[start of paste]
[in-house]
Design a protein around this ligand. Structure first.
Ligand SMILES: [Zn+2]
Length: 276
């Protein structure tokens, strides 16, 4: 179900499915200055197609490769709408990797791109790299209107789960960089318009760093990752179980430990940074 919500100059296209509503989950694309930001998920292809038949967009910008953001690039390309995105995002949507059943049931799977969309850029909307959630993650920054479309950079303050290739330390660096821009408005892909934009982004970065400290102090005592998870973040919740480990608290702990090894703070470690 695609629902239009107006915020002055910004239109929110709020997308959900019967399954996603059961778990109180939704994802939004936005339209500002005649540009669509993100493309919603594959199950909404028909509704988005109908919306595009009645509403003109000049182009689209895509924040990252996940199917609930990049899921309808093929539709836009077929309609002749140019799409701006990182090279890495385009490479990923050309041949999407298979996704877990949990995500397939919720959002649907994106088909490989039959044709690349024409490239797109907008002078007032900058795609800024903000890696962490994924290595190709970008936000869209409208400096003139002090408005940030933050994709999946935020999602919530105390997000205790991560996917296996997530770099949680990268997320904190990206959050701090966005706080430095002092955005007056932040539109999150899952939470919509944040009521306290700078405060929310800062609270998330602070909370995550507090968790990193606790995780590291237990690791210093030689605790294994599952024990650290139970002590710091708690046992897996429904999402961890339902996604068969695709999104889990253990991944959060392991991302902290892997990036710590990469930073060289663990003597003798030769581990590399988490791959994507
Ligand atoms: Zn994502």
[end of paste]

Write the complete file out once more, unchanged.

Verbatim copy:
[in-house]
Design a protein around this ligand. Structure first.
Ligand SMILES: [Zn+2]
Length: 276
């Protein structure tokens, strides 16, 4: 179900499915200055197609490769709408990797791109790299209107789960960089318009760093990752179980430990940074 919500100059296209509503989950694309930001998920292809038949967009910008953001690039390309995105995002949507059943049931799977969309850029909307959630993650920054479309950079303050290739330390660096821009408005892909934009982004970065400290102090005592998870973040919740480990608290702990090894703070470690 695609629902239009107006915020002055910004239109929110709020997308959900019967399954996603059961778990109180939704994802939004936005339209500002005649540009669509993100493309919603594959199950909404028909509704988005109908919306595009009645509403003109000049182009689209895509924040990252996940199917609930990049899921309808093929539709836009077929309609002749140019799409701006990182090279890495385009490479990923050309041949999407298979996704877990949990995500397939919720959002649907994106088909490989039959044709690349024409490239797109907008002078007032900058795609800024903000890696962490994924290595190709970008936000869209409208400096003139002090408005940030933050994709999946935020999602919530105390997000205790991560996917296996997530770099949680990268997320904190990206959050701090966005706080430095002092955005007056932040539109999150899952939470919509944040009521306290700078405060929310800062609270998330602070909370995550507090968790990193606790995780590291237990690791210093030689605790294994599952024990650290139970002590710091708690046992897996429904999402961890339902996604068969695709999104889990253990991944959060392991991302902290892997990036710590990469930073060289663990003597003798030769581990590399988490791959994507
Ligand atoms: Zn994502």